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EXERCISE 3. Answer the following questions (all the answers must be translated)

· Are you aware of successful entrepreneurs in your commu­nity? (Check your daily news­paper for stories about local entrepreneurs.)

· Why do you think that most small businesses are in the service and retail fields?

· What are the challenges and rewards of entrepreneurship?

· What are the advantages and disadvantages of sole proprietorships, partnerships and corporations?

· What are the advantages and disadvantages of franchises?

· How are large corporations organized?

EXERCISE 4. Prepare short reports on the following topics. The reports are to be translated in the class.

· A rags-to-riches story about local entrepreneurs.

· The role of small business in the American and Russian economies.

· Challenges and benefits of starting a new busines.

· Views of Th. Veblen and F. Knight.


When Business Borrows

Business loans are generally classified as eithershort-termorlong-term loans. For short-term loans, theprincipal (the amount borrowed) must be repaid within one year. Long-term loans mature (come due) in more than a year. Creditors, people who make loans, expect to receive interest, payments for the use of their money, and the return of the principal (the amount loaned) at the end of a specific period of time. Interest is expressed as a percentage of the principal.

Short-term Financing. Short-term loans are used to finance the everyday costs of doing business, such as payrolls, raw materials and merchandise. Long-term loans are more likely to be used to purchase equipment, buildings and other high-cost items. The most common types of short-term financing are trade credit, loans from financial institutions, and loans from investors.

Tradecredit is like a department store charge account. Customers charge purchases to their accounts for payment at a later date. In the case of trade credit, the customers are busi­nesses whose suppliers allow them to charge purchases for payment at a later date.

Loans from financial institutions, such as banks and finance companies, are another source of short-term credit.

Finally, some of the nation's largest businesses can look to loans from investors to meet their short-term financial needs. If, for example, General Motors needed $10 million to finance a payroll, it could raise the money by sellingcommercial paper — a kind of IOU issued by a corporation, promising to repay a sum of money at a specified rate of interest. Investors wishing to earn interest on their surplus funds can buy these IOU's from brokers specializing in such investments.

Federal law requires that all loans be expressed in terms of the annual percentage rate orAPR. The APR of loans that are discounted is always higher than the rate quoted. This is true because the amount the borrower received is less than the amount actually loaned.

Long-term Financing. Long-term financing is money that will be used for a year or more. Building a factory, purchasing equipment, launching a major research effort are the kinds of projects that require long-term financing.

Why would anyone lend money to a business for a year or more? The reason is that revenues from these kinds of projects (like a new factory) continue to flow for a long period of time. This makes it possible for borrowers to repay their loans as promised.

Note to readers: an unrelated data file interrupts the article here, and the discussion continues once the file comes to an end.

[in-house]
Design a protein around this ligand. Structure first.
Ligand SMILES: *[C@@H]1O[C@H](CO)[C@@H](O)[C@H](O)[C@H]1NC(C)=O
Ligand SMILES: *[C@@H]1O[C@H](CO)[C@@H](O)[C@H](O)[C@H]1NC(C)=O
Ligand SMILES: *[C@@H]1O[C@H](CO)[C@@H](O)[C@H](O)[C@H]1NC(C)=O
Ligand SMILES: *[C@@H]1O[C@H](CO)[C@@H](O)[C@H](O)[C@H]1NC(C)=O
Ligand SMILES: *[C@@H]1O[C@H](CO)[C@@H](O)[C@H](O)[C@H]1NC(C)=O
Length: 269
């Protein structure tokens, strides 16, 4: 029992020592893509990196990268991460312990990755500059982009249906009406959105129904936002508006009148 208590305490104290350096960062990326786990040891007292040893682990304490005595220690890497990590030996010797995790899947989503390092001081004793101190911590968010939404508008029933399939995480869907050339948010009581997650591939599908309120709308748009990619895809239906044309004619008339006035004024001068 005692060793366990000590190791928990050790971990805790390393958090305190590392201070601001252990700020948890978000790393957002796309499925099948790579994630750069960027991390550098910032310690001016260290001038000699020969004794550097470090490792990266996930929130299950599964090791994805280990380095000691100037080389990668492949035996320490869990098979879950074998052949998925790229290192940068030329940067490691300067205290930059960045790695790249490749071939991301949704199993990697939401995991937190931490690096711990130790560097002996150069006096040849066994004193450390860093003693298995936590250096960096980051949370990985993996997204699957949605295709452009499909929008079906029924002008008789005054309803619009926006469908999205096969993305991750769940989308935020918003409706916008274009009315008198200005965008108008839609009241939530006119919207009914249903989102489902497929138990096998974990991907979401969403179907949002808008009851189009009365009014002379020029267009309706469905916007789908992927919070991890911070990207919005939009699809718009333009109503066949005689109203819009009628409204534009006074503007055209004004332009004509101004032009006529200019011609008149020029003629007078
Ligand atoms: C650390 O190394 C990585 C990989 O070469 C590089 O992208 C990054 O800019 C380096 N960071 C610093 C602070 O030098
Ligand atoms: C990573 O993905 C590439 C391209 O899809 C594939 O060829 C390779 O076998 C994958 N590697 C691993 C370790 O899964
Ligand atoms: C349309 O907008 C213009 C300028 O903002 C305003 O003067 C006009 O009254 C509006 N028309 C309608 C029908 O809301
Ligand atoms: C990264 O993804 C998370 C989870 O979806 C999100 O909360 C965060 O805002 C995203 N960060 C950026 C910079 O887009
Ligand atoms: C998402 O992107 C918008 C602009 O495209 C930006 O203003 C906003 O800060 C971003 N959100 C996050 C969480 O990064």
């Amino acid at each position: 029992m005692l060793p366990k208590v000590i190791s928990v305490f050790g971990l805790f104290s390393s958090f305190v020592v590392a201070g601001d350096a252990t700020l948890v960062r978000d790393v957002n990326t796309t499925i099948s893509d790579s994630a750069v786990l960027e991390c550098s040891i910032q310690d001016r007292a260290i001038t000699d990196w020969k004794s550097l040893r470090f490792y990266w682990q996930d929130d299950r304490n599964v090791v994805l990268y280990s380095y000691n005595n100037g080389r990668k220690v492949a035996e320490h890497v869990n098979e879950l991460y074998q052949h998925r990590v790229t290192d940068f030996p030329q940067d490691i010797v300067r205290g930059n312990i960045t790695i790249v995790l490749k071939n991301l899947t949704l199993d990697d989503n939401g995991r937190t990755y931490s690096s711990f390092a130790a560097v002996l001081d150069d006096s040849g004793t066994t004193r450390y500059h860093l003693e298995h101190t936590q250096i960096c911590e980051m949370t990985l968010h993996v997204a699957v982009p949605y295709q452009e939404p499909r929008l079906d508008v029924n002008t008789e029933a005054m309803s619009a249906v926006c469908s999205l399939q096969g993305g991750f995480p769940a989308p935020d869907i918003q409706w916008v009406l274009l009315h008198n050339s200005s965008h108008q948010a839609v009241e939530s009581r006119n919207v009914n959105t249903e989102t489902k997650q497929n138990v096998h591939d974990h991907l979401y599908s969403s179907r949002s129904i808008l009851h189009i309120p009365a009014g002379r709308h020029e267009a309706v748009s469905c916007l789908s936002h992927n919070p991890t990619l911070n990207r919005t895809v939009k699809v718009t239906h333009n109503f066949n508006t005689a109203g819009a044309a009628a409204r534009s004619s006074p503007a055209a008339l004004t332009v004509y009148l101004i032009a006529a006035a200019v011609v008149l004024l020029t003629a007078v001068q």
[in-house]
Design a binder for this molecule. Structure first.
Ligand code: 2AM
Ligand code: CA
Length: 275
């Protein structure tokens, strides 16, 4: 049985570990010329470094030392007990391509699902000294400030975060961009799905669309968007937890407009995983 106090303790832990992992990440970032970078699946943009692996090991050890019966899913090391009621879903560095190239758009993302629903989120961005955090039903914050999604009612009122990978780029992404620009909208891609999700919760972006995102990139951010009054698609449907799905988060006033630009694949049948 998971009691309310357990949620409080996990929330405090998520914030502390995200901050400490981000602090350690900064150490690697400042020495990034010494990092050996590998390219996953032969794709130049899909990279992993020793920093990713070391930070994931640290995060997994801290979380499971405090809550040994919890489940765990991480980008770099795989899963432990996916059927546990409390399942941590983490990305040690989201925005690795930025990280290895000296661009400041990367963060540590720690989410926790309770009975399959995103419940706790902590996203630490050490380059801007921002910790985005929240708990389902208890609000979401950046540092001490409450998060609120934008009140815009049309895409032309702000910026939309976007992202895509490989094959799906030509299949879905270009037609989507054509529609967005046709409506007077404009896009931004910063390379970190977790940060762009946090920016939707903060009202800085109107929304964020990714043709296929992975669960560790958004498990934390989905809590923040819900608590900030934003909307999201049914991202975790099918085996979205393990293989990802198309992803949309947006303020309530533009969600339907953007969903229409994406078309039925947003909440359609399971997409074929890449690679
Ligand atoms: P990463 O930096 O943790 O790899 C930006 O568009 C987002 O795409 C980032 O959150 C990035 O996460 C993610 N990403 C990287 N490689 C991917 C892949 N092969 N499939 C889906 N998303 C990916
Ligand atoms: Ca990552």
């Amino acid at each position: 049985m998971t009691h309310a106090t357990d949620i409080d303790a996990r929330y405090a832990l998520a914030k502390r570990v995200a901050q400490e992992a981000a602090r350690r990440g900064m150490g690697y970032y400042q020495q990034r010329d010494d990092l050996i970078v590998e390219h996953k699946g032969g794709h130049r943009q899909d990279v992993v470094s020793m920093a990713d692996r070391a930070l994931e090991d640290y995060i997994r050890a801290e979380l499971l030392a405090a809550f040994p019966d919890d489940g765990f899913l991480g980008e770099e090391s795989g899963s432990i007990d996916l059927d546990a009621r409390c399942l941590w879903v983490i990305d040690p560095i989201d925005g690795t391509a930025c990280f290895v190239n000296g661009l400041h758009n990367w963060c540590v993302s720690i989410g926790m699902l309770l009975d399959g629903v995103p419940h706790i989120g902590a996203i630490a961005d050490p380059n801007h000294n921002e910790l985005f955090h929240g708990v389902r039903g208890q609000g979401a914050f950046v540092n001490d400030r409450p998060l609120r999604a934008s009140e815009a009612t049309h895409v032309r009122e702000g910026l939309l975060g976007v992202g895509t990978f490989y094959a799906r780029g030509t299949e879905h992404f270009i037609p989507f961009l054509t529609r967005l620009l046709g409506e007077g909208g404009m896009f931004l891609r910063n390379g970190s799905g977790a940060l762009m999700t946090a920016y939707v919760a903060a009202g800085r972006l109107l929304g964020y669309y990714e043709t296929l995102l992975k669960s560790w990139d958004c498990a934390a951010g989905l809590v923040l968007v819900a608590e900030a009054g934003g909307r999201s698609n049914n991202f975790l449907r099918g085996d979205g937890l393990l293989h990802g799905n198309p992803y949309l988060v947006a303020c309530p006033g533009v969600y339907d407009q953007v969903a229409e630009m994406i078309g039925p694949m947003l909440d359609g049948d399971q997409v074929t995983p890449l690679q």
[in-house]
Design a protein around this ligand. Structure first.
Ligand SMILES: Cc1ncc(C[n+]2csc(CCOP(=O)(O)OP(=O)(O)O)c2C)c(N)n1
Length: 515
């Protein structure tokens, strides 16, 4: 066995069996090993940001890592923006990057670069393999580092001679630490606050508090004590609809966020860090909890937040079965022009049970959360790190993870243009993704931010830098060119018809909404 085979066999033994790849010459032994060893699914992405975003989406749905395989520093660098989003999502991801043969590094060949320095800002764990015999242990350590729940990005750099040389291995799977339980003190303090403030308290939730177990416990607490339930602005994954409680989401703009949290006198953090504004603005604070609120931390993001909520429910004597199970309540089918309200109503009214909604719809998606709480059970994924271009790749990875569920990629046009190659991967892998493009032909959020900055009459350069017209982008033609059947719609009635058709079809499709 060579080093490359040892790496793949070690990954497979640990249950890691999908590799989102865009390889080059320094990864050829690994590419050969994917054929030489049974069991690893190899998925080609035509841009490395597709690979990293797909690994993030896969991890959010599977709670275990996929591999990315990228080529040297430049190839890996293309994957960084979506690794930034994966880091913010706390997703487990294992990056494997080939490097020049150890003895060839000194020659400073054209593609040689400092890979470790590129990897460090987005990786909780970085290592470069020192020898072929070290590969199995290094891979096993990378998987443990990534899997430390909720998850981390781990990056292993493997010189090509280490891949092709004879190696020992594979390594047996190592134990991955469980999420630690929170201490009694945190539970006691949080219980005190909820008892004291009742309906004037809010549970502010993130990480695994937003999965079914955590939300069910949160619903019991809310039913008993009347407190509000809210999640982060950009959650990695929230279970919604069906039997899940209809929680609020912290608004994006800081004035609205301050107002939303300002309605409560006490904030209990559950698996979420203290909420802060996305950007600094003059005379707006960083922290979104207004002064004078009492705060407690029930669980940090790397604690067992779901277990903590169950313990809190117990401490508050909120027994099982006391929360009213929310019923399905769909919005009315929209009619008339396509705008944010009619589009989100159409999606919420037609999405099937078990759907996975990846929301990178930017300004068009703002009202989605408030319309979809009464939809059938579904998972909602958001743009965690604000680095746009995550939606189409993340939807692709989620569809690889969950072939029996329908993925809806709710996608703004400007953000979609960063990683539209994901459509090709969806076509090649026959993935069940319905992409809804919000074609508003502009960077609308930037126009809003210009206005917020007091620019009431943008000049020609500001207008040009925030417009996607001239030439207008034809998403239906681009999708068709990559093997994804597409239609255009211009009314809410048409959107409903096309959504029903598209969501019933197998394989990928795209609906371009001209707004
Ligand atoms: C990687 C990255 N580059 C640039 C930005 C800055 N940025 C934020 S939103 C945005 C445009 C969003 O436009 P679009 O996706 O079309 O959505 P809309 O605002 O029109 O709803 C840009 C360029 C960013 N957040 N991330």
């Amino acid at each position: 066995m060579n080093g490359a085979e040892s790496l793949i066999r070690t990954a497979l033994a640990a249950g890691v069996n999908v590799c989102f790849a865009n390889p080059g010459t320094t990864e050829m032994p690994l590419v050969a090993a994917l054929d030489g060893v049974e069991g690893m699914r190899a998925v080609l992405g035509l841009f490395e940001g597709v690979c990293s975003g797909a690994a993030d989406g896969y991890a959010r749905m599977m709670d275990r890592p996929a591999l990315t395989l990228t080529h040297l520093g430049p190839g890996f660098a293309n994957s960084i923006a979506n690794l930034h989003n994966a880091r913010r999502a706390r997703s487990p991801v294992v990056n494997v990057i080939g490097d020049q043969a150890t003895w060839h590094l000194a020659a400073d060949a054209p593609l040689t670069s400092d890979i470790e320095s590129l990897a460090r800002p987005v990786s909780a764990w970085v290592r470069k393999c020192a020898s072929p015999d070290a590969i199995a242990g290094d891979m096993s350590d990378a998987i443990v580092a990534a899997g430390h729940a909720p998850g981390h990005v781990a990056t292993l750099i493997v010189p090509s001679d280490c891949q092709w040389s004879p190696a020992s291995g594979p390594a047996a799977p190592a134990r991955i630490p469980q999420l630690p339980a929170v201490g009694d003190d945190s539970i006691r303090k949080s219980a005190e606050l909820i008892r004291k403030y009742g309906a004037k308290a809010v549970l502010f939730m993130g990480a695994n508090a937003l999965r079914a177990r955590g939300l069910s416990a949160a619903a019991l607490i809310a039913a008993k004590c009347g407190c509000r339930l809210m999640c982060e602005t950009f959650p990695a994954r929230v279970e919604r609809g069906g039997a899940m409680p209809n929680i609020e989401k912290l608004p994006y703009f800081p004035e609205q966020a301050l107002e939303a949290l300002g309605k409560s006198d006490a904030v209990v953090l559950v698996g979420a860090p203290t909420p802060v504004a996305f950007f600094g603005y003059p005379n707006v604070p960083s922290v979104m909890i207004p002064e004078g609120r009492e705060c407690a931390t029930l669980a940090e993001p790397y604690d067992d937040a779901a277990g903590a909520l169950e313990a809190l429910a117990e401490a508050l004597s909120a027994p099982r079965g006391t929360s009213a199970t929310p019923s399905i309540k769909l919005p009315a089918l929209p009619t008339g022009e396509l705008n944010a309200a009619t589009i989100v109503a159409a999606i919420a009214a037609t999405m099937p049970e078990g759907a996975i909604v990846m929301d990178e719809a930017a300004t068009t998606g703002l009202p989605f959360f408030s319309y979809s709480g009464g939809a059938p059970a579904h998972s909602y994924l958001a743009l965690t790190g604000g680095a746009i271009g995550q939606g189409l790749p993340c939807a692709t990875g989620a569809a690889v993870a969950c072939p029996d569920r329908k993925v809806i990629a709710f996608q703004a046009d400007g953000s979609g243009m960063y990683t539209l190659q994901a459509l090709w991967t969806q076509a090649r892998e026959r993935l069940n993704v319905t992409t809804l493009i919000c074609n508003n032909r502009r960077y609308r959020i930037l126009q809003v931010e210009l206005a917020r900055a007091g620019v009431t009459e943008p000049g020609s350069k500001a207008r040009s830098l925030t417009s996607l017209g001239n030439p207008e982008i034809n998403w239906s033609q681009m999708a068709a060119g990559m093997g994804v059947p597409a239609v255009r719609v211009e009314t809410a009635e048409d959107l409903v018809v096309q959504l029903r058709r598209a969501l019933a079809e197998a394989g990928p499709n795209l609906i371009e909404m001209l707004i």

The most common sources of long-term financing are retained earnings, long-term loans, and the sale of stock.

Corporations can do one of two things with their profits: distribute them to their shareholders in the form of dividends, or "plow them back" into the business. Undis­tributed profits, orretained earnings, are often used to finance major projects.

Long-term loans are repaid over more than one year. The most common form of long-term loan is themortgage, a loan secured by real estate (land or buildings). If the borrower fails to make payments on the mortgage, the lender may take the property. Families who own a home or apartment probably have a mortgage on the property.

Many large corporations raise long-term capital through the sale of theirbonds. Corporate bonds are a kind of IOU sold to the general public, usually in denominations of $1,000. The corporation promises to repay the face value of the certifi­cate at a specified time. In addition, the bondholder receives interest at periodic intervals (usually twice a year). Because the money paid for a bond is really a loan, bondholders are considered creditors of a corporation. This means the corpo­ration is legally obligated to pay the bondholders the interest and principal of the loans as they come due.



The History of Economic Thought

Jean Baptiste Say (1767-1832)

Say's Law of Markets


For hundreds of years, the science of astronomy was frozen by the widely believed theories of the second-century Greek astronomer, Ptolemy. According to Ptolemaic theory, the Earth was the center of the universe. It was not until the 16th century that Europeans, accepting the work of Galileo and Copernicus, were persuaded that the Earth, and all the other planets, rotated around the sun. In much the same way, the doctrine known as Say's Law, stifled advances in the study of economics for well over 100 years.

An admirer of Adam Smith, Jean Baptiste Say's Treatise on Political Economy (1803) helped to introduce The Wealth of Nations to his native France. In the course of explaining Smith's theories and the role of markets in satis­fying human wants, the author developed what came to be known as Say's Law. According to Say's law, "produc­tion creates its own demand." In other words, people produce and sell goods and services in order to buy the things they want. If buyers no longer want certain products, sellers will stop producing them, and shift into something that is in demand.